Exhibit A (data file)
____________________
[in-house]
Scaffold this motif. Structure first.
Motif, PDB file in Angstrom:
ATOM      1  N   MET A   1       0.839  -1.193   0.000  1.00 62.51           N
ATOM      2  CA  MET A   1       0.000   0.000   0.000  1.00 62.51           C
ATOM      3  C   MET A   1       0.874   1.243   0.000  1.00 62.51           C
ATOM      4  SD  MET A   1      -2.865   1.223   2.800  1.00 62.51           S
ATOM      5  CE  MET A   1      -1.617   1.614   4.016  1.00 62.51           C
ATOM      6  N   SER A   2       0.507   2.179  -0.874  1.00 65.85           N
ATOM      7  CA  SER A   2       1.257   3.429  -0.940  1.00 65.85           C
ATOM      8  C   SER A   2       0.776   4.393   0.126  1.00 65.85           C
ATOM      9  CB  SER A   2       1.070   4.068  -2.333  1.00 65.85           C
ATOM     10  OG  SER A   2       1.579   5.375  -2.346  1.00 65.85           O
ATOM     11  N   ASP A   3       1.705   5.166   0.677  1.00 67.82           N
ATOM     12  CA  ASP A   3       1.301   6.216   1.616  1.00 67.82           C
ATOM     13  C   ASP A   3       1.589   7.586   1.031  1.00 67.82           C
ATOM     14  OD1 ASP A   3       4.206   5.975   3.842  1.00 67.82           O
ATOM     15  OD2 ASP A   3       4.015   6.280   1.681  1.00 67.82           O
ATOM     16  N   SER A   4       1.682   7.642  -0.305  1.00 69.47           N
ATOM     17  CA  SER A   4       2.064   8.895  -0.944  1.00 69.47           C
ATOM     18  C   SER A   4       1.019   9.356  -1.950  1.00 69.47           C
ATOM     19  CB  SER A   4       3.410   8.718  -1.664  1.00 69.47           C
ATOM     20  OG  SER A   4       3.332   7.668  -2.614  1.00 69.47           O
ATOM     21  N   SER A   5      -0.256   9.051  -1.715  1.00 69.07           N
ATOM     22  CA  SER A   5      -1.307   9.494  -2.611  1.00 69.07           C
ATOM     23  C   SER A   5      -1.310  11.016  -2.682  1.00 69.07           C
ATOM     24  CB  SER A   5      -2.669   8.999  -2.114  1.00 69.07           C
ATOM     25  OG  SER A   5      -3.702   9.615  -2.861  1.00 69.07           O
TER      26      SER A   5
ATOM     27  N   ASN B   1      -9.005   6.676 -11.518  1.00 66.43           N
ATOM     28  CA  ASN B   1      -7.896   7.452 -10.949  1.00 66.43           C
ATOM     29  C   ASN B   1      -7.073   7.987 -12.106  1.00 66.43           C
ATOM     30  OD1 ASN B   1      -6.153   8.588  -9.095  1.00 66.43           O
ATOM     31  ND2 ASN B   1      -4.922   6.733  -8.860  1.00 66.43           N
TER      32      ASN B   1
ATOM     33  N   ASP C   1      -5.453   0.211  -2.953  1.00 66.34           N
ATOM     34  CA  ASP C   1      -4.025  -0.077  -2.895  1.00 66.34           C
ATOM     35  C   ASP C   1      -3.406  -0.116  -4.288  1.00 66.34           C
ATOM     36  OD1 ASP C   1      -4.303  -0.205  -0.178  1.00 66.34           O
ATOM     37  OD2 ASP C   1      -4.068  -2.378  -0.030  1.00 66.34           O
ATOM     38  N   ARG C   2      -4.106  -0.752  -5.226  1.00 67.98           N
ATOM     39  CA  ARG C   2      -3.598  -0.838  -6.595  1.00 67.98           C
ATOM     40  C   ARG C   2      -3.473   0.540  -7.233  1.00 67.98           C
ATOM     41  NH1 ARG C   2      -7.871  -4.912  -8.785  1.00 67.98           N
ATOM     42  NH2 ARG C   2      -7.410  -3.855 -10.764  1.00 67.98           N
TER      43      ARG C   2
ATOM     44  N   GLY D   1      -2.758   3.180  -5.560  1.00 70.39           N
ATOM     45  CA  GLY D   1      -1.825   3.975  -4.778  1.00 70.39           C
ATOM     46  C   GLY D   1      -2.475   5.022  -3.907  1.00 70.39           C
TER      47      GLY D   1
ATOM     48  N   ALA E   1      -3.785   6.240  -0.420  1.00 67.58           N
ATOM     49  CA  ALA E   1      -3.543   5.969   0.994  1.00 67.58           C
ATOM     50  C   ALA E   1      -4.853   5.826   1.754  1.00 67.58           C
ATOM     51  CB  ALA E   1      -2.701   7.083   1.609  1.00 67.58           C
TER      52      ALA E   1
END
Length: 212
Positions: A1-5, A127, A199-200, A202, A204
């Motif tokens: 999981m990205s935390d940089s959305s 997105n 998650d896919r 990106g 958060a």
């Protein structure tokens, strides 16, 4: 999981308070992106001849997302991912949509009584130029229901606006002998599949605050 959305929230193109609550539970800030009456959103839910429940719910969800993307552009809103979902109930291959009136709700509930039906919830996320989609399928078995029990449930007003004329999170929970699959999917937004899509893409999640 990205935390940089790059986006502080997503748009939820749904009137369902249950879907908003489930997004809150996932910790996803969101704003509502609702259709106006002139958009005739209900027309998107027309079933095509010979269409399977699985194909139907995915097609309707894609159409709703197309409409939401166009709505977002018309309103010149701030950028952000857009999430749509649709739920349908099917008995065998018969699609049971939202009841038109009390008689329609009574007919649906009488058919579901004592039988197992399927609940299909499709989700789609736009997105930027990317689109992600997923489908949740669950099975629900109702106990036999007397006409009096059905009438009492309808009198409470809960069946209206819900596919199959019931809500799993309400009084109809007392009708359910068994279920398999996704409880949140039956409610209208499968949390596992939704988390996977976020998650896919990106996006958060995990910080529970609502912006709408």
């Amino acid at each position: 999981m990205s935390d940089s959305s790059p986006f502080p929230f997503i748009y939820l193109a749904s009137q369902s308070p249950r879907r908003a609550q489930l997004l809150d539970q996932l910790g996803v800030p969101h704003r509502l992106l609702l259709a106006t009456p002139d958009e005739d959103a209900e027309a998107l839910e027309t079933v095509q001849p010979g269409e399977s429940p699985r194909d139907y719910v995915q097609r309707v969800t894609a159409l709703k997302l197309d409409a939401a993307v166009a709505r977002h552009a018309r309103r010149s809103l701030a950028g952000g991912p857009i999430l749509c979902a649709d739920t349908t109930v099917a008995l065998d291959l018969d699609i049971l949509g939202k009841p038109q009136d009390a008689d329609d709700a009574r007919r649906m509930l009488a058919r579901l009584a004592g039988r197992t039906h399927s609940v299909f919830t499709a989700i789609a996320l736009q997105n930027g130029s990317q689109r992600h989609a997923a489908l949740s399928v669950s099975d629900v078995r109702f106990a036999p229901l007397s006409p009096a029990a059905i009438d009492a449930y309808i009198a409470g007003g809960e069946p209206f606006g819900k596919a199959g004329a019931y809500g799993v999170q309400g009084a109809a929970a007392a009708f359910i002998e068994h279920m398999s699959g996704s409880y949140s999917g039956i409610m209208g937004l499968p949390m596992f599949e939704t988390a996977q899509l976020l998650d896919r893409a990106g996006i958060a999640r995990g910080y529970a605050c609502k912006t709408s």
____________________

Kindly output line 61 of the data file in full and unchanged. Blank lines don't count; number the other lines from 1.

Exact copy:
């Amino acid at each position: 999981m990205s935390d940089s959305s790059p986006f502080p929230f997503i748009y939820l193109a749904s009137q369902s308070p249950r879907r908003a609550q489930l997004l809150d539970q996932l910790g996803v800030p969101h704003r509502l992106l609702l259709a106006t009456p002139d958009e005739d959103a209900e027309a998107l839910e027309t079933v095509q001849p010979g269409e399977s429940p699985r194909d139907y719910v995915q097609r309707v969800t894609a159409l709703k997302l197309d409409a939401a993307v166009a709505r977002h552009a018309r309103r010149s809103l701030a950028g952000g991912p857009i999430l749509c979902a649709d739920t349908t109930v099917a008995l065998d291959l018969d699609i049971l949509g939202k009841p038109q009136d009390a008689d329609d709700a009574r007919r649906m509930l009488a058919r579901l009584a004592g039988r197992t039906h399927s609940v299909f919830t499709a989700i789609a996320l736009q997105n930027g130029s990317q689109r992600h989609a997923a489908l949740s399928v669950s099975d629900v078995r109702f106990a036999p229901l007397s006409p009096a029990a059905i009438d009492a449930y309808i009198a409470g007003g809960e069946p209206f606006g819900k596919a199959g004329a019931y809500g799993v999170q309400g009084a109809a929970a007392a009708f359910i002998e068994h279920m398999s699959g996704s409880y949140s999917g039956i409610m209208g937004l499968p949390m596992f599949e939704t988390a996977q899509l976020l998650d896919r893409a990106g996006i958060a999640r995990g910080y529970a605050c609502k912006t709408s």